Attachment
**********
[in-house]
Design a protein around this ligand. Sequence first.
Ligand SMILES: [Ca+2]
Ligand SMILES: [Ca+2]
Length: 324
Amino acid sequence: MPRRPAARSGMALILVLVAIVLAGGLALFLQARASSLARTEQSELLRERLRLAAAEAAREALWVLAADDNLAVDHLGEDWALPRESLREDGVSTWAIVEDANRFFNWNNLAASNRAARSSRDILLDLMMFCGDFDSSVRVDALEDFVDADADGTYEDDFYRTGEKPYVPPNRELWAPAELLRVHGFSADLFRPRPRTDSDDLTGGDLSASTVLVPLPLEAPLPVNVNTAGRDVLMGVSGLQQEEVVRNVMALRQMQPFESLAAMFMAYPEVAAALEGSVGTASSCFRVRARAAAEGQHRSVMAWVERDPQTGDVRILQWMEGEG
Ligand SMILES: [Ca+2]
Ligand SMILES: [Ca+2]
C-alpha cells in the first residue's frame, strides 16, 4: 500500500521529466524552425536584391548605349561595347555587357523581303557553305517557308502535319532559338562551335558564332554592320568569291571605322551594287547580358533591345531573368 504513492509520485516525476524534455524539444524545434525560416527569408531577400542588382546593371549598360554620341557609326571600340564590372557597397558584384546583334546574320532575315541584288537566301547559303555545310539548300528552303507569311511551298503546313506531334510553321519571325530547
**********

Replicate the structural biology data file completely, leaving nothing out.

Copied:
[in-house]
Design a protein around this ligand. Sequence first.
Ligand SMILES: [Ca+2]
Ligand SMILES: [Ca+2]
Length: 324
Amino acid sequence: MPRRPAARSGMALILVLVAIVLAGGLALFLQARASSLARTEQSELLRERLRLAAAEAAREALWVLAADDNLAVDHLGEDWALPRESLREDGVSTWAIVEDANRFFNWNNLAASNRAARSSRDILLDLMMFCGDFDSSVRVDALEDFVDADADGTYEDDFYRTGEKPYVPPNRELWAPAELLRVHGFSADLFRPRPRTDSDDLTGGDLSASTVLVPLPLEAPLPVNVNTAGRDVLMGVSGLQQEEVVRNVMALRQMQPFESLAAMFMAYPEVAAALEGSVGTASSCFRVRARAAAEGQHRSVMAWVERDPQTGDVRILQWMEGEG
Ligand SMILES: [Ca+2]
Ligand SMILES: [Ca+2]
C-alpha cells in the first residue's frame, strides 16, 4: 500500500521529466524552425536584391548605349561595347555587357523581303557553305517557308502535319532559338562551335558564332554592320568569291571605322551594287547580358533591345531573368 504513492509520485516525476524534455524539444524545434525560416527569408531577400542588382546593371549598360554620341557609326571600340564590372557597397558584384546583334546574320532575315541584288537566301547559303555545310539548300528552303507569311511551298503546313506531334510553321519571325530547